Clean energy journalism for a cooler tomorrow

After years of costly failures, is tidal energy finally catching on?

The MeyGen tidal power array in Scotland has generated 50 GWh of electricity so far, marking a significant milestone for the slow-going clean energy sector.
By Maria Gallucci

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A white three-bladed turbine sits on a dock as workers in bright safety jackets stand nearby
(SAE Renewables)

An array of underwater turbines that turn tidal energy into electricity hit an important early milestone off the coast of northern Scotland, the project’s developer said this week. The announcement strikes the rare bright note for a sector that’s struggled to gain a foothold despite decades of development and billions in investments.

On Monday, in the early morning hours, the MeyGen project became the first tidal stream array in the world to generate 50 gigawatt-hours of electricity over its lifespan, according to SAE Renewables, the Edinburgh-based developer. The company said that the total global generation from all other tidal devices and sites is less than half of that amount.

Tidal can and does work, we just need to get more turbines in the water,” Graham Reid, CEO of SAE Renewables, said in a statement.

The MeyGen array, which began operating in 2017, includes four 1.5-megawatt turbines that sit some 66 feet below the water’s surface off the coast of the Pentland Firth. The strait separates the Orkney Islands from mainland Scotland, and it has some of the strongest tidal currents in the world.

We have overcome many challenges, with reliability being an issue in the early days, but we have learned an immense amount along the way,” Reid continued.

By way of comparison, the 50 gigawatt-hours that MeyGen generated is roughly equal to the average annual electricity consumption of 4,700 U.S. households.

White waves rush around a rocky shore
Tides move in and out near the Pentland Firth in northern Scotland. (Jonathan Bean/SAE Renewables)

Ocean tides and waves — powerful, predictable and perpetually replenished — have long held immense allure for clean energy developers. Tidal stream technologies are concentrated in narrow bodies of water and are a subset of the larger marine energy sector, which also employs oceanic turbines, cylinders, dams and other subsurface contraptions. All told, tidal streams have the theoretical potential to generate 1,200 terawatt-hours of electricity per year, according to the International Renewable Energy Agency.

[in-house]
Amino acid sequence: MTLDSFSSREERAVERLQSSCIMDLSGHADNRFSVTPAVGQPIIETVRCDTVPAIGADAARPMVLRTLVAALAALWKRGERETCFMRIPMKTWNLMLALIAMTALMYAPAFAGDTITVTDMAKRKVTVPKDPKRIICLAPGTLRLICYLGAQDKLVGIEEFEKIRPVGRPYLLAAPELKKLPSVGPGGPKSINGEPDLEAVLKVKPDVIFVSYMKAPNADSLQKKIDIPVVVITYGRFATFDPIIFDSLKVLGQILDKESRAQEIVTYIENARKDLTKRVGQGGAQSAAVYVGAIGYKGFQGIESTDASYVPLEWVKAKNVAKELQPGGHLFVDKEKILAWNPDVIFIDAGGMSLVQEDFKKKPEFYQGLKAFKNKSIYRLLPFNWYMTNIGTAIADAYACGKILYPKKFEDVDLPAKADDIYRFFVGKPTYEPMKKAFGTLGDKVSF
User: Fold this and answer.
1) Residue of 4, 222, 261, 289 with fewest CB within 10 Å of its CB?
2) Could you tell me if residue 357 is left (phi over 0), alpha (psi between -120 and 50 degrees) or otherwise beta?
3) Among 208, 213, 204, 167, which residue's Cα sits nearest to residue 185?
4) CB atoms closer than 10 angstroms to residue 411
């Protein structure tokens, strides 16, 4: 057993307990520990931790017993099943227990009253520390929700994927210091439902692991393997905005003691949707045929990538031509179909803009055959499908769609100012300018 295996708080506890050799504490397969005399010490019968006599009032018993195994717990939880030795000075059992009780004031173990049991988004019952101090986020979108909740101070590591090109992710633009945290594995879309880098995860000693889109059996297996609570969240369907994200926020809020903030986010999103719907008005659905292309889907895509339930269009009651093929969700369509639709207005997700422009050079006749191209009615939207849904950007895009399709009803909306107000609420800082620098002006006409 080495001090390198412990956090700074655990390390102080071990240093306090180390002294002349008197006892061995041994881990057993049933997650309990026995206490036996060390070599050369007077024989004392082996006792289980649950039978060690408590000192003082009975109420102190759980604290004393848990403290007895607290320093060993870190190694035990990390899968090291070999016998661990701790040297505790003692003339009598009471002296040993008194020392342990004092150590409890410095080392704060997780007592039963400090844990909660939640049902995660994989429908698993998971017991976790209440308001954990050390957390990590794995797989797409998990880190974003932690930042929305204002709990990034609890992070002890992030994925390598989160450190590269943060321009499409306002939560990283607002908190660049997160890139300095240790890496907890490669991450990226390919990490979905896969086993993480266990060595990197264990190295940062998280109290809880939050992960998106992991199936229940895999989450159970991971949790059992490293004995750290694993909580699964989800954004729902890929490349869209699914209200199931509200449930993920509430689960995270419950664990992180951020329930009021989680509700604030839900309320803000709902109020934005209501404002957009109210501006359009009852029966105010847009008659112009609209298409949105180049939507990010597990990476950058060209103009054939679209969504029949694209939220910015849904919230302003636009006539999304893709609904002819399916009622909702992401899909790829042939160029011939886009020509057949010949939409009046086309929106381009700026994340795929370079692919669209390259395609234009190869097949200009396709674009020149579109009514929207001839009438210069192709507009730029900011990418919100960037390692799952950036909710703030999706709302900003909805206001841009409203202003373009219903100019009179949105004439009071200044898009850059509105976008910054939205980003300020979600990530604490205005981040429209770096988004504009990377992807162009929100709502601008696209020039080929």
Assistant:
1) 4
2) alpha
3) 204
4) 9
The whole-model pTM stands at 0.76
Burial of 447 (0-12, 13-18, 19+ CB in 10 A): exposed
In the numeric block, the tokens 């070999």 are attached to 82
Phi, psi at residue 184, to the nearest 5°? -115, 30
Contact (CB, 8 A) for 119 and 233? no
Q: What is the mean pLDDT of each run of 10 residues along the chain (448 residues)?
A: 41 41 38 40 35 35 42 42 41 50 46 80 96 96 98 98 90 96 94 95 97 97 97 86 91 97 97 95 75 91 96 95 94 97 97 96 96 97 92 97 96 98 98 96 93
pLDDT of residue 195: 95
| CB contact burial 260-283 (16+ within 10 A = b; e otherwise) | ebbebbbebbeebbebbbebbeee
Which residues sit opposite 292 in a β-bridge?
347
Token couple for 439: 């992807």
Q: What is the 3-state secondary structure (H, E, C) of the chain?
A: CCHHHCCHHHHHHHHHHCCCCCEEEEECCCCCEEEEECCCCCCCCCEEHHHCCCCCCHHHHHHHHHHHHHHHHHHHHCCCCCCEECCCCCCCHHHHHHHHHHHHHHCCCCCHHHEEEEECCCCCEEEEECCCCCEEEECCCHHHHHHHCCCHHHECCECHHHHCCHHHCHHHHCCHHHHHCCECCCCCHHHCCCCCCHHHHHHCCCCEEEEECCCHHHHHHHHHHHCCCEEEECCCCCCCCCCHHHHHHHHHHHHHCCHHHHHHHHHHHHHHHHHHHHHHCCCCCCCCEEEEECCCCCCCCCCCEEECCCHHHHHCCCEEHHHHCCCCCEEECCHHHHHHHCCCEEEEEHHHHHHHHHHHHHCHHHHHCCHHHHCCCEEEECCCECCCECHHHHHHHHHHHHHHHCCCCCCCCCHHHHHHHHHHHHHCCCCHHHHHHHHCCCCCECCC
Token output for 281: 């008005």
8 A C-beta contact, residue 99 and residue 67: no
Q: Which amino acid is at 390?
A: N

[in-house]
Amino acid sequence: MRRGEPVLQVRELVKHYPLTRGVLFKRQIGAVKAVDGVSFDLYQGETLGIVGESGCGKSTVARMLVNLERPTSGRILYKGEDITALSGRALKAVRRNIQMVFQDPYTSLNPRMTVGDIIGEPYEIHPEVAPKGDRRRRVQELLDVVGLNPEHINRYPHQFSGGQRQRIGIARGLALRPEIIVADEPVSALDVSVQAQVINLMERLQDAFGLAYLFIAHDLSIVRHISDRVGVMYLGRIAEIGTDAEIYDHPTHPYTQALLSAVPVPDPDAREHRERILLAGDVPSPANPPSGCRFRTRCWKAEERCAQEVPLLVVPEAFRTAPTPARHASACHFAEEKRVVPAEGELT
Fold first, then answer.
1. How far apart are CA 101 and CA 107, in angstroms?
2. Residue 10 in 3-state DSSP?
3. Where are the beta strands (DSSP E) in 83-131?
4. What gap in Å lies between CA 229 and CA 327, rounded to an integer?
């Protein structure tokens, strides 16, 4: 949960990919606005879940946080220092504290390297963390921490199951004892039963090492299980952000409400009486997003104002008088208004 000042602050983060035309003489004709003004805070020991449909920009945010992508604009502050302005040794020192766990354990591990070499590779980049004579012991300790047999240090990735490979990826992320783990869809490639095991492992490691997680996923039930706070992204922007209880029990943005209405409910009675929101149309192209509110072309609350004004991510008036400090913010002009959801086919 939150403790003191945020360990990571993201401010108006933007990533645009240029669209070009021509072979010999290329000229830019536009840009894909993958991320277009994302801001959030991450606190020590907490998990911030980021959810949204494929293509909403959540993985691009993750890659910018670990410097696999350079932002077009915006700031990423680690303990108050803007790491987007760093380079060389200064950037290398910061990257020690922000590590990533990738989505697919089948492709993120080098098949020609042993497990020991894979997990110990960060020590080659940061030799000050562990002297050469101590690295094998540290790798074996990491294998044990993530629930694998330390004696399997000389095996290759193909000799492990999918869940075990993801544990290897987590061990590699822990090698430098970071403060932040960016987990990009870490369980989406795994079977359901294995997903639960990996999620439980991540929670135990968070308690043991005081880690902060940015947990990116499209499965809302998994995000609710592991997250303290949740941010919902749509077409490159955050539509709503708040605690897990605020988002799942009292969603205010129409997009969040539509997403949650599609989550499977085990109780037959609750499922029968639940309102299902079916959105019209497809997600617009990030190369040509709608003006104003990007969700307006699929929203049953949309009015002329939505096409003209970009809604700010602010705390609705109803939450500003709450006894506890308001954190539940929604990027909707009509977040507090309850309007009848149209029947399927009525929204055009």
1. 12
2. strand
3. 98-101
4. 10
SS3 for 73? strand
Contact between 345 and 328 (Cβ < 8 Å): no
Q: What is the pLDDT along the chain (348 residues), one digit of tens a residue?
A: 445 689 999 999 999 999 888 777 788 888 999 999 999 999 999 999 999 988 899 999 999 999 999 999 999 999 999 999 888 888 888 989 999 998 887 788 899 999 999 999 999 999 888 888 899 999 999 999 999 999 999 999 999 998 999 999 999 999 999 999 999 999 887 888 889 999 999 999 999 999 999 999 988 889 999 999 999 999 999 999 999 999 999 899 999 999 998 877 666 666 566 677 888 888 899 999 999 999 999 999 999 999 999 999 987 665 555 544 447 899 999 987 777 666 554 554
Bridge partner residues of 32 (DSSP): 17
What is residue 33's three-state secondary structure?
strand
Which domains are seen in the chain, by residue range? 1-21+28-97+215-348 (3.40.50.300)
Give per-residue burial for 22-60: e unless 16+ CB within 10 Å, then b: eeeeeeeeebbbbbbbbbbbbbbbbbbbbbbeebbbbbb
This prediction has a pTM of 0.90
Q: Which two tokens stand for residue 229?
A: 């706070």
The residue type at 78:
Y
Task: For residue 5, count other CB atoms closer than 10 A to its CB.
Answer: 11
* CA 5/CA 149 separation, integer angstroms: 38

Yet installing and operating energy projects in the water remains logistically and technically complex. Harsh marine conditions, including salt water and repeated, powerful blows from the ocean, can erode or otherwise compromise components. Over the years, efforts to commercialize ocean energy technologies have resulted in several costly failures, including in 2009, when a Scottish company had to pull its $12.9 million sea-snake” contraption out of the water almost immediately after installing the device.

Of the 30.2 megawatts of tidal stream projects installed in Europe since 2010, less than half that amount — or 11.5 megawatts — was still in the water as of 2021, the trade association Ocean Energy Europe said in a March 2022 report.

Still, developers worldwide say they’re committed to making these technologies work. Swedish startup Eco Wave Power has developed a way to generate electricity by installing equipment on breakwaters and seawalls. In January, the company announced that it had moved its on-shore wave energy” technology from Gibraltar to the coast of California, where it plans to install the device at the Port of Los Angeles.

Other tidal-energy ventures include the Shetland Tidal Array, which has been powering Scotland’s grid since its installation in 2016, and Scottish engineering company Orbital Marine Power, which claims to have built the most powerful tidal turbine in the world. The Scottish government has helped fund these projects and the MeyGen array in an effort to boost the country’s renewable energy capacity while developing a homegrown industry.

We will keep going,” Reid said in the statement. Our MeyGen project will continue to break records and lead the industry.”

Maria Gallucci is a senior reporter at Canary Media. She covers emerging clean energy technologies and efforts to electrify transportation and decarbonize heavy industry.